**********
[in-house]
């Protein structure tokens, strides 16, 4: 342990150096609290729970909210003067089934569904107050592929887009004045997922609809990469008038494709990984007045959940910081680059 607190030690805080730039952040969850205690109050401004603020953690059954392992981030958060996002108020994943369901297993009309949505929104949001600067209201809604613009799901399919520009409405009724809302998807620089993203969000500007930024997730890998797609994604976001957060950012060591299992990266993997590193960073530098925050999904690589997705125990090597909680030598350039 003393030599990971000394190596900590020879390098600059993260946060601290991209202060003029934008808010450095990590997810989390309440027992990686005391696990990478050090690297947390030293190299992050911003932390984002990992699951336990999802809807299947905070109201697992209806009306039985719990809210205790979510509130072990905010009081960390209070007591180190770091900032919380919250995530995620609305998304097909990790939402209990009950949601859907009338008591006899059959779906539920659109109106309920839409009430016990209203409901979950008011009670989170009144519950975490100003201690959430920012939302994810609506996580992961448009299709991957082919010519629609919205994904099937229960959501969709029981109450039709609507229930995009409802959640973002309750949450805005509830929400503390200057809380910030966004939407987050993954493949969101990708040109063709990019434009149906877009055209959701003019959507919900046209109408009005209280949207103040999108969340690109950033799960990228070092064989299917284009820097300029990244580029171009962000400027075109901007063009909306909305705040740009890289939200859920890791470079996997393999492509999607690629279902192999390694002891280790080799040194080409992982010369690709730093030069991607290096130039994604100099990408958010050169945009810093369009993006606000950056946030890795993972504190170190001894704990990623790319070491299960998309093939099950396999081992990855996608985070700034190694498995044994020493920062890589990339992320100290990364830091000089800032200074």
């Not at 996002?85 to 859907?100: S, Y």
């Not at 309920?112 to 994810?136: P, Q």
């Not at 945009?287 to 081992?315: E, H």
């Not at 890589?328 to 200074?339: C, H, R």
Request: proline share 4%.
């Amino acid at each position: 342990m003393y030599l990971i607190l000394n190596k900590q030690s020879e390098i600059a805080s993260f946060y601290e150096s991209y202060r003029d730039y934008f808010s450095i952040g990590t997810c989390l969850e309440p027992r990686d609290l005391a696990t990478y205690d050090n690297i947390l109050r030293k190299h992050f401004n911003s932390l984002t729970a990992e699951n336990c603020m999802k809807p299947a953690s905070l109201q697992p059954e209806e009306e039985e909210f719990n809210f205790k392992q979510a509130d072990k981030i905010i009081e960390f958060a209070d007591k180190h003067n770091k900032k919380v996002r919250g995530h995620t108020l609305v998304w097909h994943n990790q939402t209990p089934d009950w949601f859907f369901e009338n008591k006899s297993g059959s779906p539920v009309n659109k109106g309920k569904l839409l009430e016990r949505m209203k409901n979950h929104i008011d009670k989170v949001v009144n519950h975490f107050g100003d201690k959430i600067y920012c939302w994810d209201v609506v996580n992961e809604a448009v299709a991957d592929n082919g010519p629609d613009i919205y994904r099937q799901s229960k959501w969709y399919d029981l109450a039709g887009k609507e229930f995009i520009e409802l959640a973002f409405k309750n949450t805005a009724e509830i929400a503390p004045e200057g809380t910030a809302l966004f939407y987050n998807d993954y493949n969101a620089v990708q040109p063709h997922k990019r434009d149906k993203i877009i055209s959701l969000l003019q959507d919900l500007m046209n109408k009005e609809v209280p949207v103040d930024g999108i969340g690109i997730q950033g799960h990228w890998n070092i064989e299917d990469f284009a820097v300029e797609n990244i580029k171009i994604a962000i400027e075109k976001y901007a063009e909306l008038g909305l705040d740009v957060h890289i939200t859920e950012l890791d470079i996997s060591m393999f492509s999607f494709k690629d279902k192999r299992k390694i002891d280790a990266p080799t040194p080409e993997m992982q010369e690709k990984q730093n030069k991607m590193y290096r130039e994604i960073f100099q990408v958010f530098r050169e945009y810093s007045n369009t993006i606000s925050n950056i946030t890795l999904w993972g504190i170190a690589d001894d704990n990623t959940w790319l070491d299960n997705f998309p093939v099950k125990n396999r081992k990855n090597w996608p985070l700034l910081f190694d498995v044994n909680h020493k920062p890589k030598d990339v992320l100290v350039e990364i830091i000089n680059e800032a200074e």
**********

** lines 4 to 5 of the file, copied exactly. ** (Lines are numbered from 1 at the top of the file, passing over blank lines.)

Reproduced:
């Not at 309920?112 to 994810?136: P, Q």
């Not at 945009?287 to 081992?315: E, H």